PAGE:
Editor's note: the following article was first published in the June 26, 2012 print edition of The Compass.
A second attempt to fill in much of a small pond known as The Glam in Clarke's Beach again stirred up controversy last week after a property dispute erupted between two landowners, one of whom is the deputy mayor and the other is a prominent medical doctor in the region.
And concerns continued to be expressed about the decision to fill in the pond, with some saying it will increase the likelihood of flooding for some neighbourhood homeowners.
The town council recently endorsed a plan to fill in a portion of the tennis court-sized pond adjacent to the municipal building in order to make way for an expansion to the public works building, and create additional parking. The town has set aside some $10,000 for the earth work, said one town official.
A similar undertaking in 2010 was abruptly halted after provincial environment officials intervened following complaints from area residents. It turned out the town had not acquired the proper permits.
The town has since completed the necessary paperwork, officials have stated.
Council voted to hire a local contracting company to haul earth to the site at its June 11 meeting. Council also agreed to accept a suggestion from Deputy Mayor Kevin Hussey that the fill be taken — free-of-charge — from what he claimed was a bank of earth on his property, which is located a short distance away at the end of Wilsonville Avenue.
Work began on Wednesday, and by Thursday, much of the fill — some say more than 150 tandem truck loads — had been transported to the pond.
But a dispute has since flared between Hussey and another landowner, Dr. Robert Humber, over property boundaries. The RCMP was called to the scene on Thursday after Humber showed up, carrying documents he says proves he owns much of the property and all of the fill taken from the site.
Hussey sold some of the land to Humber last summer, and Humber had plans to build a house on the site.
When contacted on Friday, Hussey said he "wasn't looking for a racket with anybody," and suggested the land dispute would either be settle amicably or make its way to the court system.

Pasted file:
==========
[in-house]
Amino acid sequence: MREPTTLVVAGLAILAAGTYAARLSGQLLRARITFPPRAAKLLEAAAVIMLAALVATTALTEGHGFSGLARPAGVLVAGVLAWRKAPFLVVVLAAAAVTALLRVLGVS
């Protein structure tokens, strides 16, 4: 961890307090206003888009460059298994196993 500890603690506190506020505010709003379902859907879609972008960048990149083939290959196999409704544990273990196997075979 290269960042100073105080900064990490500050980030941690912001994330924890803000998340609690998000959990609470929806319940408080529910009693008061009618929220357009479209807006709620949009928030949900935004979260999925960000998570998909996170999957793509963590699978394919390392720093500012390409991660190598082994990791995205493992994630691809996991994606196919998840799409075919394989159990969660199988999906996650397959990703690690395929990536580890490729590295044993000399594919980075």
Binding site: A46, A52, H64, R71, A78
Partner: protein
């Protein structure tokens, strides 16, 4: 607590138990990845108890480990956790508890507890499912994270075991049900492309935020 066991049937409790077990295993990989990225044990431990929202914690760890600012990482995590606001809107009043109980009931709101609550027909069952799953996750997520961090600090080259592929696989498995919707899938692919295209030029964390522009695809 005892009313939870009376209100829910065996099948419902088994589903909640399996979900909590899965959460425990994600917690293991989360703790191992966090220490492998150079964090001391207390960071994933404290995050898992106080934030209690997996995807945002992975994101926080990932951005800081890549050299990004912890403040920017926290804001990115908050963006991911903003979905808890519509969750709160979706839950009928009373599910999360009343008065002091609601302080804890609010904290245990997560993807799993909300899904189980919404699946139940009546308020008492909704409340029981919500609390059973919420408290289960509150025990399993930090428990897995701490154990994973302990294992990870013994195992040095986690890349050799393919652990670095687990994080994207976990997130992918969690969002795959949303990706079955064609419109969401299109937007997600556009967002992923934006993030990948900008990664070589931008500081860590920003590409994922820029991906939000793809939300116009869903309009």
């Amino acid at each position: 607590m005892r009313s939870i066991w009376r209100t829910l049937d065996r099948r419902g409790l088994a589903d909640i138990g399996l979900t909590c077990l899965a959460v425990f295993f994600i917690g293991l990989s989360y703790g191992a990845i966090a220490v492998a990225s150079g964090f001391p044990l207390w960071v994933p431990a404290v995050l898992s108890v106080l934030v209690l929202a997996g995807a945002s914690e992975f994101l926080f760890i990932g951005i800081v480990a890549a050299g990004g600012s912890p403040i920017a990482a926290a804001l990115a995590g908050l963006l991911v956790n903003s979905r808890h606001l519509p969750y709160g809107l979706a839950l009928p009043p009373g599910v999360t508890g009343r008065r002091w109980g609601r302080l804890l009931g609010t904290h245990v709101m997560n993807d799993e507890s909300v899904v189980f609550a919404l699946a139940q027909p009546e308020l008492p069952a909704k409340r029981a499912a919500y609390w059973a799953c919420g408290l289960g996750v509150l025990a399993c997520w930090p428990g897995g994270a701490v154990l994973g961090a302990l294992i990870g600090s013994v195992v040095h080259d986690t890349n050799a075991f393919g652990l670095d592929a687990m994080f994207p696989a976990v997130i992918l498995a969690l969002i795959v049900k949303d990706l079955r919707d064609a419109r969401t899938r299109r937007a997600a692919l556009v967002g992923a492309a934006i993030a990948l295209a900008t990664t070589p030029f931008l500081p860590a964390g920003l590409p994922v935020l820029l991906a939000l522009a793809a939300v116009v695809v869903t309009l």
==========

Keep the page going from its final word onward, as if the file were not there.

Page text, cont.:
"I just hope there's a peaceful resolution to this," he said, adding that all of the fill taken was on his land.
For his part, Dr. Humber was expressing disbelief and anger when reached by The Compass. He accused Hussey and the contracting company of "desecrating" his land, and vowed to take whatever measures are necessary to rectify the situation.
Meanwhile, Amanda Ralph, who lives on Wilsonville Avenue and is a member of the town's recreation commission, opposes the decision to fill in the pond. She said it has served as an overflow during spring run-off, and she said some fear the water will have "nowhere to go" once The Glam is filled in.
As Ralph voiced her concerns on Thursday, steam rose from the freshly disturbed pond, carrying an unpleasant stench. Two ducks could also be seen feeding in the water.
Hussey downplayed any flooding concerns, saying that proper ditching will be carried out.
In the past, Mayor Betty Moore and Hussey have voted against motions to fill in The Glam. Hussey said once a decision by a majority of council is made, he has to abide by that decision.
Some have suggested that by donating the fill to the town, Hussey was improving the value of his land. That's why, Hussey said, he was careful to excuse himself from any debate or voting on the matter.
"I just gave it away to get it off my property," Hussey said of the fill.
He also expressed concern that someone might get hurt.
"There were children flying over that bank on their bikes," he added.
Mayor Moore, when contacted, continued to express concerns about filling in the pond, saying "I never really wanted that."